As a family we spent four happy weeks last summer exploring nine European countries and learning more about cultures, people and places beyond our own. That experience reinforced to me the important of the shared values and bonds that we share with our neighbours on the European mainland.
It’s hard to avoid the fact that today, the last day of January 2020, is the day that the UK is leaving the European Union. For me the sadness that leaving the EU brings is significant. It feels like a generational backward geo-political step in this connected world.
The delusion that we’ll be able to achieve more outside rather than within the European Union is all too pervasive.
And it represents a collective lack of self-awareness among many fellow Britons about our real significance on the world stage in 2020 rather than in 1920.
The contrast between the dignity and good grace with which our departure from the European Union has been commemorated in European capitals and the petty flag waving from Brexit Party MEPs yesterday is a powerful representation of this delusion.
But this is the reality we have got ourselves into and I don’t believe it’s healthy to devote mental energy to things that I can’t make a difference to personally.
So life goes on and we have to create opportunities to shape the future within the new contexts that will emerge as we start to understand what a life outside the European Union will be like.
On a much more positive note, January at Deeson has kicked off at a frenetic pace. The passion and energy of our team members in their work never ceases to impress me.
We’ve started work with Middlesex University to work with them on their new website discovery and digital strategy project. This is really exciting as it builds upon the successful work we’ve delivered in the higher education sector in the past two years for clients like University of Derby (www.derby.ac.uk) and London Academy of Music and Dramatic Art (www.lamda.ac.uk).
So far I’ve been really impressed with the team at Middlesex and their passion for their work – we’re excited about the potential to design a new web platform that both the university and Deeson can be truly proud of.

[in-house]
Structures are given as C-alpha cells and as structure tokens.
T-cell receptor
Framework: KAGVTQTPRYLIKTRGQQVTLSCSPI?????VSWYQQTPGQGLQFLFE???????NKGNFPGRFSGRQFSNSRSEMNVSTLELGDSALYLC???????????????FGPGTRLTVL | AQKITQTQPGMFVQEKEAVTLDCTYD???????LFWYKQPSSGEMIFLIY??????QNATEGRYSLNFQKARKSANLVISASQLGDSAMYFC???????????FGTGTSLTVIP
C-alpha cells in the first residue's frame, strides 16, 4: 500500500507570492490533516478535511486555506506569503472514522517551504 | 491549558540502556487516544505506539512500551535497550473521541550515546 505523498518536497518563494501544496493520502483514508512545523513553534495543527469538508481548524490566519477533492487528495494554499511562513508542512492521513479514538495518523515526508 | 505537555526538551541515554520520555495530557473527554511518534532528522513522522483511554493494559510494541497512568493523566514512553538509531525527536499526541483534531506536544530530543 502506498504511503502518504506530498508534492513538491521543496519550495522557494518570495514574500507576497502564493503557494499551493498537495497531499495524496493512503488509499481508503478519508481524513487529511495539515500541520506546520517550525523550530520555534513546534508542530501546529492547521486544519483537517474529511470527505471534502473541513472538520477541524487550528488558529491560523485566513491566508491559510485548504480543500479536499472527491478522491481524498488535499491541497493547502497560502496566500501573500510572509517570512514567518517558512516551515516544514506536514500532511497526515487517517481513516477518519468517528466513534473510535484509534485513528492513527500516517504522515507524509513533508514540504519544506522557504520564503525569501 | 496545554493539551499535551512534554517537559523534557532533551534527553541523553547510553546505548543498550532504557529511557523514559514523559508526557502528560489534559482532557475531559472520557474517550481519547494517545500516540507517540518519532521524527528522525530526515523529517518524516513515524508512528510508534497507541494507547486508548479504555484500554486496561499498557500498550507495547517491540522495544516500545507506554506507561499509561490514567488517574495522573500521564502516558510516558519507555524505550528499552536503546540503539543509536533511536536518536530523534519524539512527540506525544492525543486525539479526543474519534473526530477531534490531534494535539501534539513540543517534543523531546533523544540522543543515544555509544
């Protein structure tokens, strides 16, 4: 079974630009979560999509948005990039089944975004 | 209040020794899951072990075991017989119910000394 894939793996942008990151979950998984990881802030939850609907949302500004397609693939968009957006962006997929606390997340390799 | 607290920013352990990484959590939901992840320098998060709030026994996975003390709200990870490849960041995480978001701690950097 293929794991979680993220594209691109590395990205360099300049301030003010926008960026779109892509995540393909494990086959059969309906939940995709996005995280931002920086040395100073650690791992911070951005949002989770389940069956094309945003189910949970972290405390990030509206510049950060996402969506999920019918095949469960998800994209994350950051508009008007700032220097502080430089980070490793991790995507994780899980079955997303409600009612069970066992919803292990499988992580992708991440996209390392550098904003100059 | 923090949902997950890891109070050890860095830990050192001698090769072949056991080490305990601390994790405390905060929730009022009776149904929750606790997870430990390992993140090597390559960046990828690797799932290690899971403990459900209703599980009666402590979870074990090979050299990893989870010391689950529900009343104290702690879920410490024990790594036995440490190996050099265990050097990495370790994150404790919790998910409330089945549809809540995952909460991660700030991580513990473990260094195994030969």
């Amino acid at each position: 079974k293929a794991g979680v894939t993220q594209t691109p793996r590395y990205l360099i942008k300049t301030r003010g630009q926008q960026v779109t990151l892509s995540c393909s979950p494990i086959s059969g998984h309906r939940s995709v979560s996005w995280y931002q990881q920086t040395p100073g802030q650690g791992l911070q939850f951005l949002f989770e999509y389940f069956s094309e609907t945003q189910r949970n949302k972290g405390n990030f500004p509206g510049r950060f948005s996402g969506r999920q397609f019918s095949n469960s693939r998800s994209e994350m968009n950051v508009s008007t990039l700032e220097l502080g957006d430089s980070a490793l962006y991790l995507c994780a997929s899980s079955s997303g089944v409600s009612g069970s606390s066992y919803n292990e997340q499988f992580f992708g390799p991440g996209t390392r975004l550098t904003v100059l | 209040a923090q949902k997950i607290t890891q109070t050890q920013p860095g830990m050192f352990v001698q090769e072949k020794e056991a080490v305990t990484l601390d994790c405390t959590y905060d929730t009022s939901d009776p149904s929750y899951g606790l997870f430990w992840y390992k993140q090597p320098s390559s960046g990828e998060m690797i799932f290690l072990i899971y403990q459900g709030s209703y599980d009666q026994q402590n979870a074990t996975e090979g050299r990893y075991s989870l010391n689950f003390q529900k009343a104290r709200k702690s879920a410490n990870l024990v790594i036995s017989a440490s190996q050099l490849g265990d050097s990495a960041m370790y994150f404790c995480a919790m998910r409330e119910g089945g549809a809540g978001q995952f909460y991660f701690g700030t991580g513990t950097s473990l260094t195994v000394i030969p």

Other work also kicking off this month includes:
- a new web platform build for a major UK membership organisation in the cultural and media sector
- the build phase of our work on the new Southbank Centre website
- discovery and design work on the rebuild of website and online collections platform for a top-10 UK visitor attraction in London.
- digital strategy for a UK membership organisation that’s very close to my heart as a marketer by training.
- a new user research project for a government department.
- kicking off a new digital partnership client in the B2B sector, further expanding our work with the Wagtail CMS.
- – onboarding for a new digital partnership client in the culture and visitor attractions sector, helping them plot out their digital future at an exciting time in the venue’s transformation.
We’ve also experienced the highs and lows of the agency pitch process this month. Because of our unique operating model that gives each client a named permanent team for the long term, we’re very selective about taking on new client work.
But when we do pitch for new clients for whom we’re confident we can deliver excellent work, we do so in the knowledge that only one agency can come out of that process successfully.
This month we had the infrequent experience of coming out of that process unsuccessfully with a public sector pitch that we delivered early in the month. While that’s disappointing, it’s also a fact of life in a competitive pitch process. We’ve reviewed and learnt from the experience.
Part of that retrospective highlighted the importance of the client’s role in running the agency selection process effectively. This particular client had put a lot of thought into the process to ensure it allowed them to consider and select an agency partner fairly and at pace.
Things like having a well-written and coherent brief, shortlisting a pragmatic number of agencies to submit proposals and then move forward to pitch, providing rapid and full answers to clarification questions and being flexible rather than dogmatic about process were all positive signs.
Those things reflect well on the client and their insight into the needs of the client and the agency in a successful selection process. It’s no surprise that they have an experienced digital project lead with real agency experience on their team.
But the standout part of this selection process was the quality of the feedback given to us – it was well considered, extensive, fair and actionable. It showed the rigour of the process and the factors that led us to being a genuine close second.
As we head into February we’re developing our business plan for Deeson for the 12 months ahead. Lots of exciting new initiatives, partnerships and new ideas for team Deeson to bring to fruition. Things never stand still!
If you’d like to be part of this journey we’re hiring for Canterbury-based junior, senior and lead technical roles (full stack, PHP, React) and a London-based user research role. More details at www.deeson.co.uk/careers or drop me a line at firstname.lastname@example.org.